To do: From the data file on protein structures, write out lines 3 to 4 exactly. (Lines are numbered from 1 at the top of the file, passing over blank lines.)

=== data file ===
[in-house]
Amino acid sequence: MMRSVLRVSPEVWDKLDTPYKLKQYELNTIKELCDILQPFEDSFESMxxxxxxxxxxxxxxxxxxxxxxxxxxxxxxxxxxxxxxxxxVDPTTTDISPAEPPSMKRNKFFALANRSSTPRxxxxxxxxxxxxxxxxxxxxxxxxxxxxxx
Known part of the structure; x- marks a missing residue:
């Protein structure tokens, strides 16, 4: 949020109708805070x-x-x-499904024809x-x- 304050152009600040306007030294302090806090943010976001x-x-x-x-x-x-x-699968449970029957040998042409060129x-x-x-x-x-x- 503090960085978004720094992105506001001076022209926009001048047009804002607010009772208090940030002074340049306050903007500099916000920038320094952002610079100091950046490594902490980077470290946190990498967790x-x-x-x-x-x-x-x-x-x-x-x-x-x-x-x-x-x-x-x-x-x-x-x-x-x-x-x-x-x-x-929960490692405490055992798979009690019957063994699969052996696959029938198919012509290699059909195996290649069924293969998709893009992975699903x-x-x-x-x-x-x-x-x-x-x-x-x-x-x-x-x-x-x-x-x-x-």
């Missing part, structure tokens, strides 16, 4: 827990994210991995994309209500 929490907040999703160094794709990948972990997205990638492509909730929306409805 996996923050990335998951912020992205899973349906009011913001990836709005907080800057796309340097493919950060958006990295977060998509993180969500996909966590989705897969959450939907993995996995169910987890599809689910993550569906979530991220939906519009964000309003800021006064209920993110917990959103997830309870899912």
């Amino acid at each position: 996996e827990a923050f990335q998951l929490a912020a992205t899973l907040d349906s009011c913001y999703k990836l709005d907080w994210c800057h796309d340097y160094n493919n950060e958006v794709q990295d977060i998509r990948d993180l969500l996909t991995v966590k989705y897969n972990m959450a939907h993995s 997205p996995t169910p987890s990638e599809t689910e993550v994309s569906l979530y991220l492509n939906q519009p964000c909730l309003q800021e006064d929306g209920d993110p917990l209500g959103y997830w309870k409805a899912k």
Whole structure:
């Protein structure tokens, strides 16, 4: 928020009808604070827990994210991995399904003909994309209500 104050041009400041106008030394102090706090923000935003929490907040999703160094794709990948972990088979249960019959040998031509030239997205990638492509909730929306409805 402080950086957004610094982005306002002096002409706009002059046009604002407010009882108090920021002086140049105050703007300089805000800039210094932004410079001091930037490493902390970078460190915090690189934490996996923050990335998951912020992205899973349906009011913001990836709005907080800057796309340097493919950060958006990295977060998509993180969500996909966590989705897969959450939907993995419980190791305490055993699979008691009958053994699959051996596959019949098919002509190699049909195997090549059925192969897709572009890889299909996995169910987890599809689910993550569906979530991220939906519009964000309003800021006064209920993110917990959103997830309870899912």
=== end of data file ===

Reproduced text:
Known part of the structure; x- marks a missing residue:
């Protein structure tokens, strides 16, 4: 949020109708805070x-x-x-499904024809x-x- 304050152009600040306007030294302090806090943010976001x-x-x-x-x-x-x-699968449970029957040998042409060129x-x-x-x-x-x- 503090960085978004720094992105506001001076022209926009001048047009804002607010009772208090940030002074340049306050903007500099916000920038320094952002610079100091950046490594902490980077470290946190990498967790x-x-x-x-x-x-x-x-x-x-x-x-x-x-x-x-x-x-x-x-x-x-x-x-x-x-x-x-x-x-x-929960490692405490055992798979009690019957063994699969052996696959029938198919012509290699059909195996290649069924293969998709893009992975699903x-x-x-x-x-x-x-x-x-x-x-x-x-x-x-x-x-x-x-x-x-x-």